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BY D.C. PATHAK
The judicial resolution of the 70-year-old Ayodhya dispute has mitigated the most inflammatory cause of Hindu-Muslim divide in India and given relief to the average citizens engaged in pursuing their livelihood in peace. The unanimous verdict of the Supreme Court’s five-member Constitutional Bench recognising the spot under the central dome of the demolished Babri Masjid at Ayodhya as the birth place of Lord Ram for worship and giving the title of the entire disputed land of 2.77 acres to the Hindu side is a transformative development that yields a significant end result of the long search for validation of what is a major determinant of India’s national profile. The judgement rests on points of both law and fact but the apex court also invoked Article 142 of the Constitution to give a verdict of arbitration on two points- accommodation of Nirmohi Akhara in the Trust that would oversee the construction of a Ram Temple at the site and award of five acres of land by the government at a suitable place in Ayodhya to Muslims for building a mosque in lieu of their lost claim.Ram Mandir
Both Prime Minister Narendra Modi and RSS chief Mohan Bhagwat had called for restraint on the part of those who considered the verdict as their victory. While many Muslim leaders grudgingly accepted the judicial pronouncement, the All India Muslim Personal Law Board kept the option of a Review Petition open, claiming that the verdict was flawed. The main opposition, Congress, attempted to derive political mileage from the development by insinuating that the BJP will no longer be able to exploit the issue on communal line for electoral gain. It thus tried to keep itself on the right side of Muslims while going along with the judgement. The overriding impact of a huge problem of national import being resolved through a credible judicial process has apparently injected political sanity in the responses to the judgement received so far. The democratic texture of Indian state remains intact and this is an invaluable gain.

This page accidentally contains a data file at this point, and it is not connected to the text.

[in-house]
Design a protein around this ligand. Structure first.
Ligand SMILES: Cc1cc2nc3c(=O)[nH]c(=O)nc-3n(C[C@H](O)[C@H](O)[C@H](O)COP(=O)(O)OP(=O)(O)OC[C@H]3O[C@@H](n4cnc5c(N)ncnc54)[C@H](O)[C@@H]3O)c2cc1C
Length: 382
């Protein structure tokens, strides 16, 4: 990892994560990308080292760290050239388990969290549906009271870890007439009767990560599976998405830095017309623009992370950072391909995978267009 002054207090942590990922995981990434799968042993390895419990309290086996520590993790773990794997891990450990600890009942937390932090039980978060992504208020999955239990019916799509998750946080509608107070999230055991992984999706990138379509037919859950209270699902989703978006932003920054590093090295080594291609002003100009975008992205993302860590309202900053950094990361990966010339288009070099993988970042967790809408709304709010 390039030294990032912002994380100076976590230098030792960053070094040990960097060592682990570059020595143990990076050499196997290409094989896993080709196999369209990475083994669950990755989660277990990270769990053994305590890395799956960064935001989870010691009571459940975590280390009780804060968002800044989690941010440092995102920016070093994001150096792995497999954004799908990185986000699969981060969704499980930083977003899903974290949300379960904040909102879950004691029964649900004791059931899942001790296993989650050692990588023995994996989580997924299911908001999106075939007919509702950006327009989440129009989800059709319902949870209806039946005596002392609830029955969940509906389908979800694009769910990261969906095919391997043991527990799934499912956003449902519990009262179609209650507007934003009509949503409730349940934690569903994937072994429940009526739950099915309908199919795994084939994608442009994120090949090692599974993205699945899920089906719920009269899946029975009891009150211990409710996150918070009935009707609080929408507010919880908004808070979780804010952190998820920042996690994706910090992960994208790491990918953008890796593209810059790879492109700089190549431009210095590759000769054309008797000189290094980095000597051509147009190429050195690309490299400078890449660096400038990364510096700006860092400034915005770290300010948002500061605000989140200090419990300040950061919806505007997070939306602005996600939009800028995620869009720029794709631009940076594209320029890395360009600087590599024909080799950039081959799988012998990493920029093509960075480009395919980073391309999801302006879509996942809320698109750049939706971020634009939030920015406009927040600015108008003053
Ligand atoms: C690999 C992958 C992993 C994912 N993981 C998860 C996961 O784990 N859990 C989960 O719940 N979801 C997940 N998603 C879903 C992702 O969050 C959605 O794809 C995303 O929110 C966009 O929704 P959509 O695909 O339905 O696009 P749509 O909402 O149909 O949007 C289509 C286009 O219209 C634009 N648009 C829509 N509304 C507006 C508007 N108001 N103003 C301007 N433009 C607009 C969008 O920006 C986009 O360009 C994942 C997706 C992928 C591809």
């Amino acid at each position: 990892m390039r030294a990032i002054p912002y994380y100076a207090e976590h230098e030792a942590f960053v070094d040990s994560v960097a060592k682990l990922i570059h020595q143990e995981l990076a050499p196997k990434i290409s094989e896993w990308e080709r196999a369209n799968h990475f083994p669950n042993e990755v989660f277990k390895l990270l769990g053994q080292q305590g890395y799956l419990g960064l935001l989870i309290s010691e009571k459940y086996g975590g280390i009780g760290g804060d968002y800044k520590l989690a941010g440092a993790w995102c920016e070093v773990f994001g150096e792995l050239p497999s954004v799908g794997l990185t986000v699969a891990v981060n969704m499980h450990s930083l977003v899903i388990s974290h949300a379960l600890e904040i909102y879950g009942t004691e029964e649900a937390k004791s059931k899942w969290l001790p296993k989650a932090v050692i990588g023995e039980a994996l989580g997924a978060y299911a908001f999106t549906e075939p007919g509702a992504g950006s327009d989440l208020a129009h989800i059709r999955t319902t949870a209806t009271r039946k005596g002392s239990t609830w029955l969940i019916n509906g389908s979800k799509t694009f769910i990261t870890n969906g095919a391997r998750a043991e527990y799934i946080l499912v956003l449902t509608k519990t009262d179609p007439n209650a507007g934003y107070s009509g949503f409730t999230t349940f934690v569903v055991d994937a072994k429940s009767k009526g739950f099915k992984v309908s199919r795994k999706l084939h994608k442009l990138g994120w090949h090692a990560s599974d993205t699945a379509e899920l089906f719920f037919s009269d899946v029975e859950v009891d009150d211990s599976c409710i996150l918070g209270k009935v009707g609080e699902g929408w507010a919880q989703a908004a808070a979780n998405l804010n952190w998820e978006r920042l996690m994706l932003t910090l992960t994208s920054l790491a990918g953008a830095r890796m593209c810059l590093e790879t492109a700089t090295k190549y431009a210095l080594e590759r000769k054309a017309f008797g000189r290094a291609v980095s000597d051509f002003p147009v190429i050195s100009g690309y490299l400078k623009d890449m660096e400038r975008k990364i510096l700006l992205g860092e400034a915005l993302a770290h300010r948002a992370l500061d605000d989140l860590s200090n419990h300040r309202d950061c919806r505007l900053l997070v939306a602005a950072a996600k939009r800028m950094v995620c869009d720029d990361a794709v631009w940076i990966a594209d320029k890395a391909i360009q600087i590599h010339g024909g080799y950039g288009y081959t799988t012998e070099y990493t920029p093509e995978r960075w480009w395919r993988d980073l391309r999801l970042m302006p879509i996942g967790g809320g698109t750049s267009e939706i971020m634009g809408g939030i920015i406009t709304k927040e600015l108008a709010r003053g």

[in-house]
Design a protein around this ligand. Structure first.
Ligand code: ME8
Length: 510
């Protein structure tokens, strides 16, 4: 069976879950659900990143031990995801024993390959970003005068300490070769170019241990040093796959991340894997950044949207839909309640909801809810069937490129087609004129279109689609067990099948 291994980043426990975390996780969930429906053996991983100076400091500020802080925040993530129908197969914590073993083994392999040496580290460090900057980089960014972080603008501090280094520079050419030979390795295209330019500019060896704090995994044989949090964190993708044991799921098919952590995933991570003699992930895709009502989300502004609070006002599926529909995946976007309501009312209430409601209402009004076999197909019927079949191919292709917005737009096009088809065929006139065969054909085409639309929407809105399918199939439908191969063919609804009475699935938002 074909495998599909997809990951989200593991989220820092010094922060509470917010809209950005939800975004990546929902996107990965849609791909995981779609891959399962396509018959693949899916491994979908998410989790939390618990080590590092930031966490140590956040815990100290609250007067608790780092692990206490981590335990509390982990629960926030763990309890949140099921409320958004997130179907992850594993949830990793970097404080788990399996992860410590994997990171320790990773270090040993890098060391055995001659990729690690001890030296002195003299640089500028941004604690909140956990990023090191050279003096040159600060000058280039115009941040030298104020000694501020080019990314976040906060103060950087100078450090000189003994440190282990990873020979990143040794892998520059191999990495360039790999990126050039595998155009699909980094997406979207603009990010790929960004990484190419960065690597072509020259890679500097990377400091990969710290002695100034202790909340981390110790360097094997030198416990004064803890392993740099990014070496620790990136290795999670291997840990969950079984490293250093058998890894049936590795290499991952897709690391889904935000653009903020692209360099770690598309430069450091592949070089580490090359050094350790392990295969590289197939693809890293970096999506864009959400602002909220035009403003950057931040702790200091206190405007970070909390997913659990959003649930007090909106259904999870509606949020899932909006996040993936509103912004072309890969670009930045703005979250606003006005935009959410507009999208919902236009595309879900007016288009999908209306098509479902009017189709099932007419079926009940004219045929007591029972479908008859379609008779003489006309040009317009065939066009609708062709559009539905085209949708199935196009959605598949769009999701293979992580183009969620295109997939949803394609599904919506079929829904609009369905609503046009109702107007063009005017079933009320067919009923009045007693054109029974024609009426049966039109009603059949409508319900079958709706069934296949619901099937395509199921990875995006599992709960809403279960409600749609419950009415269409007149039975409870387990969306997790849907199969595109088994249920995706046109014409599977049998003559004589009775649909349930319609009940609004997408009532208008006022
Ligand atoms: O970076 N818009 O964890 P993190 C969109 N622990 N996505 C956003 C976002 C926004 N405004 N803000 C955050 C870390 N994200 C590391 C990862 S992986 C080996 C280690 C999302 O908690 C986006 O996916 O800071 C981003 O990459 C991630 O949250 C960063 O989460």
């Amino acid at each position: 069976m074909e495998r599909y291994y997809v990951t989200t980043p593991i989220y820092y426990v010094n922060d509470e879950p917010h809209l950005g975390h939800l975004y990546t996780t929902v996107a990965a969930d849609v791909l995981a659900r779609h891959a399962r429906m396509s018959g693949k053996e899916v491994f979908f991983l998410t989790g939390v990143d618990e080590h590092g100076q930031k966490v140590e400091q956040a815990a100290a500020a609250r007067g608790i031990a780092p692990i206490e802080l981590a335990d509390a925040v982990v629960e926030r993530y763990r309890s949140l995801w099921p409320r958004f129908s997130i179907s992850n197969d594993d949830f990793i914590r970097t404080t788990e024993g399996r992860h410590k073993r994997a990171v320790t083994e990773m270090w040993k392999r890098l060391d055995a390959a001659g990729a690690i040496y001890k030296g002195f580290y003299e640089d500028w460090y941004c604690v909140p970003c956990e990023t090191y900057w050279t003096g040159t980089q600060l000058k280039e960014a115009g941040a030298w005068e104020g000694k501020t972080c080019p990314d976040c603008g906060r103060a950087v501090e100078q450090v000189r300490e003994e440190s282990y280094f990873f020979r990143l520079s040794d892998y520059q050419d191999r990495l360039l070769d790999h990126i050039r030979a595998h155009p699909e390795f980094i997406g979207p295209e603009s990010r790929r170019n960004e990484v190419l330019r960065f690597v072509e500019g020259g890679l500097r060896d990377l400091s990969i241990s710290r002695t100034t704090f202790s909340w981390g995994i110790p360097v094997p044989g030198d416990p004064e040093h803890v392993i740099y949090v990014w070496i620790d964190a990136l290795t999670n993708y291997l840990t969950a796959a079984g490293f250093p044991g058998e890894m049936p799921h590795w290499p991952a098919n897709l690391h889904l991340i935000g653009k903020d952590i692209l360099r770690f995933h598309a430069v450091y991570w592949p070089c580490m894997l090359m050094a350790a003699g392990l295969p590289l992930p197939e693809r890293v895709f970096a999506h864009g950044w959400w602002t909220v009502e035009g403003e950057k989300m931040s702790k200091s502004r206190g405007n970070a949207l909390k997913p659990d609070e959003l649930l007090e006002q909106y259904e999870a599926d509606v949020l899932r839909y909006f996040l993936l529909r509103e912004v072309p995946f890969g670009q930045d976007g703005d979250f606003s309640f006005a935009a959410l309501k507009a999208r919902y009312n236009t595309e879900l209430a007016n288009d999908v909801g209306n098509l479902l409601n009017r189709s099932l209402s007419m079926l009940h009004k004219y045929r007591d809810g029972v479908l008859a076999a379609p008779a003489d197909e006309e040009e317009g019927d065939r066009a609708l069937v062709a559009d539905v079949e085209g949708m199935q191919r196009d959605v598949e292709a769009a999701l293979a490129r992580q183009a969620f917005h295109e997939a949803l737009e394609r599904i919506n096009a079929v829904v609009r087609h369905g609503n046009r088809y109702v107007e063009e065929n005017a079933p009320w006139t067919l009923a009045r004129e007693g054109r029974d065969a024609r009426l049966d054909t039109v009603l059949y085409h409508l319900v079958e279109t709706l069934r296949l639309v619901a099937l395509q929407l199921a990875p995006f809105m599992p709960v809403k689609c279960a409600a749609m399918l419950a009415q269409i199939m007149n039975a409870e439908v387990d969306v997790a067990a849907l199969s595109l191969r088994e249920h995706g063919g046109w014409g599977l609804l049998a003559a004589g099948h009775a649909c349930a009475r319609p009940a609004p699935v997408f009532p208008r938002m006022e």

It was clear before the verdict came that only one side would feel vindicated leaving the other with a sense of loss. There are three substantive elements in the judgement however, that would give the Muslim contestants the consolation of having been dealt an even hand. First, the highest court of the land clearly pronounced that the Babri Masjid demolition was a violation of law since the entire structure of the mosque was brought down in a ‘calculated’ act of destroying a place of public worship.